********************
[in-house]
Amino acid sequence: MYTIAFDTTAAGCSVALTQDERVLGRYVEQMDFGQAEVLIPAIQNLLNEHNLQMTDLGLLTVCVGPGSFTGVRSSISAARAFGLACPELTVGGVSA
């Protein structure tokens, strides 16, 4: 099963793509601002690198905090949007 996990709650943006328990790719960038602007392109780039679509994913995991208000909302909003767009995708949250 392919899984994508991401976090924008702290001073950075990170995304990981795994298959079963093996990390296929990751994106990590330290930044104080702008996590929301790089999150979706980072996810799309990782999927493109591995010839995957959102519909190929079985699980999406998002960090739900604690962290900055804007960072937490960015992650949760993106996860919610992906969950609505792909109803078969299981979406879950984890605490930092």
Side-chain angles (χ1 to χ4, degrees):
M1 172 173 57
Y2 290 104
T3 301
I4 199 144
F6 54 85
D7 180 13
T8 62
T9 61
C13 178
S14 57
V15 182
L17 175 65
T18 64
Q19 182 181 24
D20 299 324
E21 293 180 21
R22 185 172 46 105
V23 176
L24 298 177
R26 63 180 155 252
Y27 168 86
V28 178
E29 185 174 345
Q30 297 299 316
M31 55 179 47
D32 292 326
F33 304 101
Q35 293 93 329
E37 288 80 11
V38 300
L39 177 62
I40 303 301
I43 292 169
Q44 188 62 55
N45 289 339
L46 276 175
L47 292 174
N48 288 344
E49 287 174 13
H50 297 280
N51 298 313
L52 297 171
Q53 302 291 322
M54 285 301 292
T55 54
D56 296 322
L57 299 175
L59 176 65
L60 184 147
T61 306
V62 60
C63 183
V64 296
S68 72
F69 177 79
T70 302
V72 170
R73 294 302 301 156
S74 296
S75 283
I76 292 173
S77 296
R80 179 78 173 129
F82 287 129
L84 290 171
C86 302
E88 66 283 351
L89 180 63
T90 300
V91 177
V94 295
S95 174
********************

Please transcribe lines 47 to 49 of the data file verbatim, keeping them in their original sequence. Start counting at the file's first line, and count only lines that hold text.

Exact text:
Q53 302 291 322
M54 285 301 292
T55 54